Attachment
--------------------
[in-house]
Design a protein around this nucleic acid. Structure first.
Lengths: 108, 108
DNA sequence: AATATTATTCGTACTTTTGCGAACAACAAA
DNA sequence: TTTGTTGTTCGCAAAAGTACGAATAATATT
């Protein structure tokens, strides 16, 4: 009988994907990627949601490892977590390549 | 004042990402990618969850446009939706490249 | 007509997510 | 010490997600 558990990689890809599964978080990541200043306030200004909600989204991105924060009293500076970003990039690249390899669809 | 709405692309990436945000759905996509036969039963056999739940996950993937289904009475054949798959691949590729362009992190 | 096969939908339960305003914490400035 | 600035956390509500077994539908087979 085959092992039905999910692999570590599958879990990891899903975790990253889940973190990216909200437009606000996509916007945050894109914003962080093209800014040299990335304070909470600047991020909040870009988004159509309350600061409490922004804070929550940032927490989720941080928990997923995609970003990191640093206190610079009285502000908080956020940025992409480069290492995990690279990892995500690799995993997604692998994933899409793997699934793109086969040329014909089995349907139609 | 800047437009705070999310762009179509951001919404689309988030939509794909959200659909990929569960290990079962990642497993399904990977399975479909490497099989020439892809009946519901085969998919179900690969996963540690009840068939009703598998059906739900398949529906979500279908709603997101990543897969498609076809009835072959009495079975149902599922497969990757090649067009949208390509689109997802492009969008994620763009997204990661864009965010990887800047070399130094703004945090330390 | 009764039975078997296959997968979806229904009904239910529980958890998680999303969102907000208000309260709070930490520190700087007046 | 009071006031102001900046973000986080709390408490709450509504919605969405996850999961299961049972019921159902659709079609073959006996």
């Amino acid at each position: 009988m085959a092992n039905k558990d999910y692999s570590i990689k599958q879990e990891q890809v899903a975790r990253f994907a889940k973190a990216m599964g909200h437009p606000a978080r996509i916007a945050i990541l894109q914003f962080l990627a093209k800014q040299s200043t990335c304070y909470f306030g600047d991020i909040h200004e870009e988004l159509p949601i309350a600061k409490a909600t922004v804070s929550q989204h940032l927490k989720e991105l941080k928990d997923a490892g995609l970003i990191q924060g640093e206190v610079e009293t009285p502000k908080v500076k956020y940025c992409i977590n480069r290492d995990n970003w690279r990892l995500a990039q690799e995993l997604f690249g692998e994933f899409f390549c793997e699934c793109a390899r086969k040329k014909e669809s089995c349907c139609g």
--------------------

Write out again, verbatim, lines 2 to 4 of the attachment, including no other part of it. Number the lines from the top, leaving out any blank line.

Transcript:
Design a protein around this nucleic acid. Structure first.
Lengths: 108, 108
DNA sequence: AATATTATTCGTACTTTTGCGAACAACAAA